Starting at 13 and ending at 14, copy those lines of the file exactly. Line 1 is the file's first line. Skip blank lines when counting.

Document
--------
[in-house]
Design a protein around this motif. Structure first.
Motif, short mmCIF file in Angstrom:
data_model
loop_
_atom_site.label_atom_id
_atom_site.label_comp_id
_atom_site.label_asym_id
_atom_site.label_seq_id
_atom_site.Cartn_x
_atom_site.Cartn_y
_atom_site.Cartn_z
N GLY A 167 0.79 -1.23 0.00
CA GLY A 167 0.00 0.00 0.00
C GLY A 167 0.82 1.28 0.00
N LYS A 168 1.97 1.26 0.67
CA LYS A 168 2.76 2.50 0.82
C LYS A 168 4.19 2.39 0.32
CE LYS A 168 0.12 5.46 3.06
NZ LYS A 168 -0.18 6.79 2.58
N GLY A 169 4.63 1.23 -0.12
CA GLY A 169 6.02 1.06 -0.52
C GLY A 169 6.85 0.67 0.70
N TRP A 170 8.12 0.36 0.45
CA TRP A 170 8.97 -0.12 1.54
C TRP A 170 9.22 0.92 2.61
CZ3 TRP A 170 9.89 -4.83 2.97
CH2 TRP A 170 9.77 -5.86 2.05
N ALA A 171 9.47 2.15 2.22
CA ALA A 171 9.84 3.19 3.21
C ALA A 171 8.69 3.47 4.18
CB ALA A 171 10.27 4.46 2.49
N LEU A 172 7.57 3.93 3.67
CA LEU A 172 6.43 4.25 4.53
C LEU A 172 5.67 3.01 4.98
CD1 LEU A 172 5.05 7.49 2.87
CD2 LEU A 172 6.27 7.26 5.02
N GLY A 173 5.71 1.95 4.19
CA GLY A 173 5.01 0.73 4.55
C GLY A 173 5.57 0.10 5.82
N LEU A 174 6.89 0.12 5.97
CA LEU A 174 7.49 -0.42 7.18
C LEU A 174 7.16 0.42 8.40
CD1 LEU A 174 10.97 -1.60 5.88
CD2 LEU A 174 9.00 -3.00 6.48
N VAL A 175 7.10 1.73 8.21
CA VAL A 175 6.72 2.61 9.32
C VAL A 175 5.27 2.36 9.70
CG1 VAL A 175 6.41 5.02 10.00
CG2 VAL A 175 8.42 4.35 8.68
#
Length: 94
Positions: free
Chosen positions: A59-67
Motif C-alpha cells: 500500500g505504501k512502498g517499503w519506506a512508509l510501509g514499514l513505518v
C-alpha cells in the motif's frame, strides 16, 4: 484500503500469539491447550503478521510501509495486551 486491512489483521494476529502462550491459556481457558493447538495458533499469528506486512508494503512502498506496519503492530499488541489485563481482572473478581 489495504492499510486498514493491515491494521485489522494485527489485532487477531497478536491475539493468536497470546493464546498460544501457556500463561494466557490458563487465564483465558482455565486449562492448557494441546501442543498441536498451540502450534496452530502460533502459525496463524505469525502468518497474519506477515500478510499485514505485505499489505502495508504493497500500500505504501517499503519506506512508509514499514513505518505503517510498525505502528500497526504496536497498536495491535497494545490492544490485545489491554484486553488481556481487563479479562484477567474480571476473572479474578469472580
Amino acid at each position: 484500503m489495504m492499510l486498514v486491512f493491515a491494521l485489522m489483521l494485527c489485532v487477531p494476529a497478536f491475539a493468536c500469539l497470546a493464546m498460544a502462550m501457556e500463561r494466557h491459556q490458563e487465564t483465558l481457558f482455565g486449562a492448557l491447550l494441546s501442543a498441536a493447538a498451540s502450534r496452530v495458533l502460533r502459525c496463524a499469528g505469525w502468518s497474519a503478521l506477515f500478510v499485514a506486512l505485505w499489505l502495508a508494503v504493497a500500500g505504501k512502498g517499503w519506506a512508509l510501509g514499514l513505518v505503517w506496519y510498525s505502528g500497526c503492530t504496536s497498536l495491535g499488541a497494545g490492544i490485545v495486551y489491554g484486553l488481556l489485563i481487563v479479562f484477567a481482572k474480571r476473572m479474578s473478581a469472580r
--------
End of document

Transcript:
N GLY A 167 0.79 -1.23 0.00
CA GLY A 167 0.00 0.00 0.00